Barron's CDL Commercial Driver's License Truck Driver's Test
You need to read and study this book if you intend to take the CDL. The authors carefully prepare you for the test you must pass in order to receive your Commercial Driver's License. Administered by the U.S. Department of Transportation, the CDL test is required in all 50 states and U.S. territories. This manual gives you detailed coverage of both the written test and the behind-the-wheel test and provides specific answers to all questions, as well as explanations for all situations. Easy-to-follow diagrams and illustrations demonstrate the skills you must master so that you'll be prepared to do well when you take your behind-the-wheel test.
What people are saying - Write a review
At least, if your going to write a book, have your FACTS STRAIGHT. The only thing a CDL driver cannot do after 14 hours is DRIVE. (PERIOD). NO WHERE IN D.O.T. REGULATIONS DOES IT SAY a driver may not work on duty not driving. It only say driver may not drive a commercial motor vehicle. In other words if I roll into my company yard, or a truck stop for that matter, within minutes before my 14th on duty is expired without having drove more than 11 hours, I can park and go on duty not driving to complete my paperwork in "on duty not driving", status for AS LNG AS I NEED TOO. I can work 24/7 as LONG as I don't DRIVE A COMMERCIAL MOTOR VEHICLE BUT I can sweep out my trailer, do a vehicle inspection, ect., as long as I DO NOT DRIVE a CMV BEFORE TAKING 10 CONSECUTIVE HOURS OFF DUTY.
(1) Start of work shift. A driver may not drive without first taking 10 consecutive hours off duty;
(2) 14-hour period. A driver may drive only during a period of 14 consecutive hours after coming on duty following 10 consecutive hours off duty. The driver may not drive after the end of the 14-consecutive-hour period without first taking 10 consecutive hours off duty.
(3) Driving time and rest breaks. (i) Driving time. A driver may drive a total of 11 hours during the 14-hour period specified in paragraph (a)(2) of this section.
(ii) Rest breaks. Except for drivers who qualify for either of the short-haul exceptions in § 395.1(e)(1) or (2), driving is not permitted if more than 8 hours have passed since the end of the driver's last off-duty or sleeper-berth period of at least 30 minutes.
(b) No motor carrier shall permit or require a driver of a property-carrying commercial motor vehicle to drive, nor shall any driver drive a property-carrying commercial motor vehicle, regardless of the number of motor carriers using the driver's services, for any period after—
(1) Having been on duty 60 hours in any period of 7 consecutive days if the employing motor carrier does not operate commercial motor vehicles every day of the week; or
(2) Having been on duty 70 hours in any period of 8 consecutive days if the employing motor carrier operates commercial motor vehicles every day of the week.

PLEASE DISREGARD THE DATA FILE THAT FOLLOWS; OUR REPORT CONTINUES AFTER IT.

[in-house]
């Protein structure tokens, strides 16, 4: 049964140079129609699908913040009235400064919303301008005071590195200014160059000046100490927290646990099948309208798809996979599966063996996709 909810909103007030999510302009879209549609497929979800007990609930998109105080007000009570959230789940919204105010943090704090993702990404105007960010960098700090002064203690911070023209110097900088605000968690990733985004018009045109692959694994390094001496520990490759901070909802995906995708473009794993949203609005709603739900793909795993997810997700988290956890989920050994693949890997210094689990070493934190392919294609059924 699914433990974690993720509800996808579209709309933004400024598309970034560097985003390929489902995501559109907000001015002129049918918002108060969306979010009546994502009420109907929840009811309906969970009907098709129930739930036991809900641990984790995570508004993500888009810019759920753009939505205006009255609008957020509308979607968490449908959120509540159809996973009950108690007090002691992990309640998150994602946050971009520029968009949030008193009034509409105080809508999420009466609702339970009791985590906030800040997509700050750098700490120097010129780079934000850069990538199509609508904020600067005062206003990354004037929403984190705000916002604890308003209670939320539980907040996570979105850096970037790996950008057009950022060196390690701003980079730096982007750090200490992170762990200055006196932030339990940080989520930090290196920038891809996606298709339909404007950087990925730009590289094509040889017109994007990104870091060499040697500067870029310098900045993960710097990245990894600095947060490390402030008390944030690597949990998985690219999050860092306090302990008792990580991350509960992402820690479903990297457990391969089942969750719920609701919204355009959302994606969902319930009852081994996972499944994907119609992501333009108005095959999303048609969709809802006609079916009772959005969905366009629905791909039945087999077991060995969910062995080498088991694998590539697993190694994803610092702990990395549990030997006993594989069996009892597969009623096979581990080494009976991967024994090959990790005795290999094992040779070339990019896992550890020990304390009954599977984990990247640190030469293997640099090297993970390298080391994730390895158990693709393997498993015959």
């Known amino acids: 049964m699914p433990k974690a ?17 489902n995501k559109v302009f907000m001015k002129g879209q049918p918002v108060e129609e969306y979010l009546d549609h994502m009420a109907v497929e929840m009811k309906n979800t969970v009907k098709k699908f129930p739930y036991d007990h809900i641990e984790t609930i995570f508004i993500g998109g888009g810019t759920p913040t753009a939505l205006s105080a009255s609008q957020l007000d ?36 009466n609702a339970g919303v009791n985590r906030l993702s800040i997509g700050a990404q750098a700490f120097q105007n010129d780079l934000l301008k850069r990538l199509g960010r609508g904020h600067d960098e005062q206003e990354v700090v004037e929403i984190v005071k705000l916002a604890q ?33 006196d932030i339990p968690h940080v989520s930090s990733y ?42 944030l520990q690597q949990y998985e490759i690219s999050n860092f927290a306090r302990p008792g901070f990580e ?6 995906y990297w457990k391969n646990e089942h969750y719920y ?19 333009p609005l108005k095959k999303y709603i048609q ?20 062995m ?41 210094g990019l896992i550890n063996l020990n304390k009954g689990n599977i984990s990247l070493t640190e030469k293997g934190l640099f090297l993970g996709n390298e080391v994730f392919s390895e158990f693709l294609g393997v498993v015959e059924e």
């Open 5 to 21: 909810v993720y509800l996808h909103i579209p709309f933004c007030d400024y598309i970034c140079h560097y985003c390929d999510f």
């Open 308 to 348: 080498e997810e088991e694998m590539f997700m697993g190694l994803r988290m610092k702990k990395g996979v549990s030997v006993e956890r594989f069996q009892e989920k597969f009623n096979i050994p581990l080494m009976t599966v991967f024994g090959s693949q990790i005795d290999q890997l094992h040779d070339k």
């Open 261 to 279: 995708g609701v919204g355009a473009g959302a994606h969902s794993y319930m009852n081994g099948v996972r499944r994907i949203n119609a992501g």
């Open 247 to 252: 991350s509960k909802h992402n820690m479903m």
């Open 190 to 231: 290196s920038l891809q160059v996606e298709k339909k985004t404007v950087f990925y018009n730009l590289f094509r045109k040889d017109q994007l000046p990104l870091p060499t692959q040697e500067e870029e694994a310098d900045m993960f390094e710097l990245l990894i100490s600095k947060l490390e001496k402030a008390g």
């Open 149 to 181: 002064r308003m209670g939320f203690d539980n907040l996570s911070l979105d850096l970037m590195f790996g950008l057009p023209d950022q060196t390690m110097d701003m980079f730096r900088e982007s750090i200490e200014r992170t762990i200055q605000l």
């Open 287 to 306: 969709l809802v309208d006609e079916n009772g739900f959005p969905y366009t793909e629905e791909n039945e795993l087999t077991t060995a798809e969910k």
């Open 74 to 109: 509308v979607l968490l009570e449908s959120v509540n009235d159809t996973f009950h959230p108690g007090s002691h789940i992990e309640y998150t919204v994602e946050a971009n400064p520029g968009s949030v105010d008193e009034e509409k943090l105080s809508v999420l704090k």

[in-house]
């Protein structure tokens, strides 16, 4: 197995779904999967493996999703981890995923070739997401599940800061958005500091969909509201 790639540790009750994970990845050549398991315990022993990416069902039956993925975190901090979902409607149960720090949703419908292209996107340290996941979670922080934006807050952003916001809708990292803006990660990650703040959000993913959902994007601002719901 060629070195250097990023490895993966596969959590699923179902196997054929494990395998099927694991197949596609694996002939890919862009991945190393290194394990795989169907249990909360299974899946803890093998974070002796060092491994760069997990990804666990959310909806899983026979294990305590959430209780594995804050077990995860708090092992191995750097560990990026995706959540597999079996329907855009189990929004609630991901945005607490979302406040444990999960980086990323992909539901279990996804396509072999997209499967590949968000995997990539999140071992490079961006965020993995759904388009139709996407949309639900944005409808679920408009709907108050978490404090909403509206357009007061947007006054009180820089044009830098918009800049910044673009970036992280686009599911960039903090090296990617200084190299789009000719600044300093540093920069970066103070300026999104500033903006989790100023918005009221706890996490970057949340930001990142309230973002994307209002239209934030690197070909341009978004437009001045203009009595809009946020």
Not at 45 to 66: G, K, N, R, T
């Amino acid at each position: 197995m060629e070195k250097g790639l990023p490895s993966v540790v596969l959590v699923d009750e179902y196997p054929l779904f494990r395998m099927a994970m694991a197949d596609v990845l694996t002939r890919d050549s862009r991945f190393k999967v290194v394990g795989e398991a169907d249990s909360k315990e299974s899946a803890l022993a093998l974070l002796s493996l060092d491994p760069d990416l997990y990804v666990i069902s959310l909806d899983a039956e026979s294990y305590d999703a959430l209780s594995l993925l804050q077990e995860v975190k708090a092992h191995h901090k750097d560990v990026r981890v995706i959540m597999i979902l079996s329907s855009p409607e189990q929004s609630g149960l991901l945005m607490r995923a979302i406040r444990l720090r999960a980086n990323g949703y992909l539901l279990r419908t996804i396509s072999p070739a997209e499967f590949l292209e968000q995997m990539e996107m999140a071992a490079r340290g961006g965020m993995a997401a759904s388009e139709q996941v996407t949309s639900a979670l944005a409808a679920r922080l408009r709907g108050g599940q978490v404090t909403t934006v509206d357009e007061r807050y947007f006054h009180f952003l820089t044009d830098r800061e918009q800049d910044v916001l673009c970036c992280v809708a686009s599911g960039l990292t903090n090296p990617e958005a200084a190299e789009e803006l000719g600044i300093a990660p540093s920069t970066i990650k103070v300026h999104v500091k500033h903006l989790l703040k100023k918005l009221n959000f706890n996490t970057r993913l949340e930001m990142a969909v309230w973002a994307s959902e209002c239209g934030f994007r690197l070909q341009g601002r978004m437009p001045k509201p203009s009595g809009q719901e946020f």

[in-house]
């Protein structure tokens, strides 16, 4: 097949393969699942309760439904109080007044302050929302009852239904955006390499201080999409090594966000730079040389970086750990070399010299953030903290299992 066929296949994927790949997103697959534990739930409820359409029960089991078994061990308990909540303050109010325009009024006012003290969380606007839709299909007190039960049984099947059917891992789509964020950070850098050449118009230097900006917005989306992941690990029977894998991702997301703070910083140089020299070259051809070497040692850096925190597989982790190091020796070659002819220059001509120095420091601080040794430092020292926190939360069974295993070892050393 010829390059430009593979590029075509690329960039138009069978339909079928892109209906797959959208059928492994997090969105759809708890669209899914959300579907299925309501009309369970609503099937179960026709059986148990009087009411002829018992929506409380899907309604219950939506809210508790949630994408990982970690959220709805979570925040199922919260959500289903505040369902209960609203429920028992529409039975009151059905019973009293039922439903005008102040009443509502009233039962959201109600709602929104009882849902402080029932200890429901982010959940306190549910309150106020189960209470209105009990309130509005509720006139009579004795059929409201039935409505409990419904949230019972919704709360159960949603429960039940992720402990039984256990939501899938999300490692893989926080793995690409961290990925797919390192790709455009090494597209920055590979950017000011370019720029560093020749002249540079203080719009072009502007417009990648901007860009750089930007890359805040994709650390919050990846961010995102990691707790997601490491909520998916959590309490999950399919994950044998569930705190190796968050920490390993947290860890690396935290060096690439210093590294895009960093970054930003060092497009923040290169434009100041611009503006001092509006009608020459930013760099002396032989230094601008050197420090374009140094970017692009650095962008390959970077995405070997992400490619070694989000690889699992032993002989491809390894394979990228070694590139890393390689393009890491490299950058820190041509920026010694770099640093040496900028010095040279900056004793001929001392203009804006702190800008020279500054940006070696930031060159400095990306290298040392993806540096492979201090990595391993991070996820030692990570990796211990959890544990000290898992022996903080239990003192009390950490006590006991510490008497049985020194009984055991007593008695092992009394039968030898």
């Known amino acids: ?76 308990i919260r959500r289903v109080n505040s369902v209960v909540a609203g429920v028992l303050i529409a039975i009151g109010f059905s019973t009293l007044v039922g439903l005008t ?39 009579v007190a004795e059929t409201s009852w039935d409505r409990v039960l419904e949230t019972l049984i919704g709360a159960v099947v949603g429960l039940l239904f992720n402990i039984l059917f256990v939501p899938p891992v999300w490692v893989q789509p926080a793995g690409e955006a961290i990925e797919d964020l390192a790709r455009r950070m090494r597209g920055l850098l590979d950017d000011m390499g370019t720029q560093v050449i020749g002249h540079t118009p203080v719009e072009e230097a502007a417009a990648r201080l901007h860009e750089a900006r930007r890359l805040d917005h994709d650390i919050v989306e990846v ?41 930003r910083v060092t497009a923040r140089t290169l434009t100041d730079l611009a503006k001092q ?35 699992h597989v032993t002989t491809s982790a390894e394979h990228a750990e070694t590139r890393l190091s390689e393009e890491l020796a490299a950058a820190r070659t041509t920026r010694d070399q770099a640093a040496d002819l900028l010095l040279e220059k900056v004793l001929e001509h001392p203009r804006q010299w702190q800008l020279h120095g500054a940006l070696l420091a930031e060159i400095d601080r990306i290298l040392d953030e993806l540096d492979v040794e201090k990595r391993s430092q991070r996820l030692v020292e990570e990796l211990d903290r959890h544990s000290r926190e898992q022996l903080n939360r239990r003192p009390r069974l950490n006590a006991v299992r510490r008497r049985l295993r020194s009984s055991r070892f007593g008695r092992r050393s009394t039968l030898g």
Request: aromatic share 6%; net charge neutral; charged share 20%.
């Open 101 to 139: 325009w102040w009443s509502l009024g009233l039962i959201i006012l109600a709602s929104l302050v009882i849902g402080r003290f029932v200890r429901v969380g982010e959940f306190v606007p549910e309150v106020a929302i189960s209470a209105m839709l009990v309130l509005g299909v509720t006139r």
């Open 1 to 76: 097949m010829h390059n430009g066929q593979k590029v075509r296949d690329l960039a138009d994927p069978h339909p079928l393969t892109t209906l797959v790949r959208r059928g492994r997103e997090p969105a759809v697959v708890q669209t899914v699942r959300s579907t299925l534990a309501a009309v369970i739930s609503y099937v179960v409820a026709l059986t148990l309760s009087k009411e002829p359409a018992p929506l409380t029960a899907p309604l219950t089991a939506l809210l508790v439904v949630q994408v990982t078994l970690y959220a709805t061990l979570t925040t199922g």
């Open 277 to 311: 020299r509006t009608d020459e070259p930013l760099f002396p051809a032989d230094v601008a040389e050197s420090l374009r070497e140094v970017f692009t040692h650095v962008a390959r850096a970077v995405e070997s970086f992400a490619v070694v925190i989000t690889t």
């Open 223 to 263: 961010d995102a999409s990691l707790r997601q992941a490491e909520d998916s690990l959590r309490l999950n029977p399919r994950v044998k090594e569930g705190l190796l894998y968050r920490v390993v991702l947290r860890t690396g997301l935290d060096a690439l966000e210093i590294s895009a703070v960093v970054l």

(c)(1) Any period of 7 consecutive days may end with the beginning of an off-duty period of 34 or more consecutive hours that includes two periods from 1:00 a.m. to 5:00 a.m.
(2) Any period of 8 consecutive days may end with the beginning of an off-duty period of 34 or more consecutive hours that includes two periods from 1:00 a.m. to 5:00 a.m.
(d) A driver may not take an off-duty period allowed by paragraph (c) of this section to restart the calculation of 60 hours in 7 consecutive days or 70 hours in 8 consecutive days until 168 or more consecutive hours have passed since the beginning of the last such off-duty period. When a driver takes more than one off-duty period of 34 or more consecutive hours within a period of 168 consecutive hours, he or she must indicate in the Remarks section of the record of duty status which such off-duty period is being used to restart the calculation of 60 hours in 7 consecutive days or 70 hours in 8 consecutive days.
Citation: [76 FR 81188, Dec. 27, 2011, as amended at 78 FR 58485, Sept. 24, 2013; 78 FR 64181, Oct. 28, 2013]
Although we make every effort to assure that the information we provide is complete and accurate, it is not intended to take the place of published agency regulations. Regulations issued by the U.S. Department of Transportation and its Operating Administrations are published in the Federal Register and compiled in the U.S. Code of Federal Regulations (CFR). Copies of appropriate volumes of the CFR in book format may be purchased from the Superintendent of Documents, U.S. Government Printing Office, or examined at many libraries.
The CFR may also be viewed online at http://ECFR.gpoaccess.gov.
Great textUser Review - natsin - Overstock.com
Even though this text is not state specific it has some valuable info. Read full review
PASS Is Action
Types of Test Questions
Tips for Different Test Question Types
Safety Control Systems
The Brake System
Operational Control Valves
Air Brake System Inspection
Driving with Air Brakes
Coupling a Single Semitrailer
Pulling Trailers Safely
Tank Vehicle Endorsement
Driving in Winter
Loading Securing and Hauling
Driving with a Load
State and Local Requirements
Other editions - View all
How to Prepare for the CDL: Commercial Driver's License Truck Driver's Test
Limited preview - 2004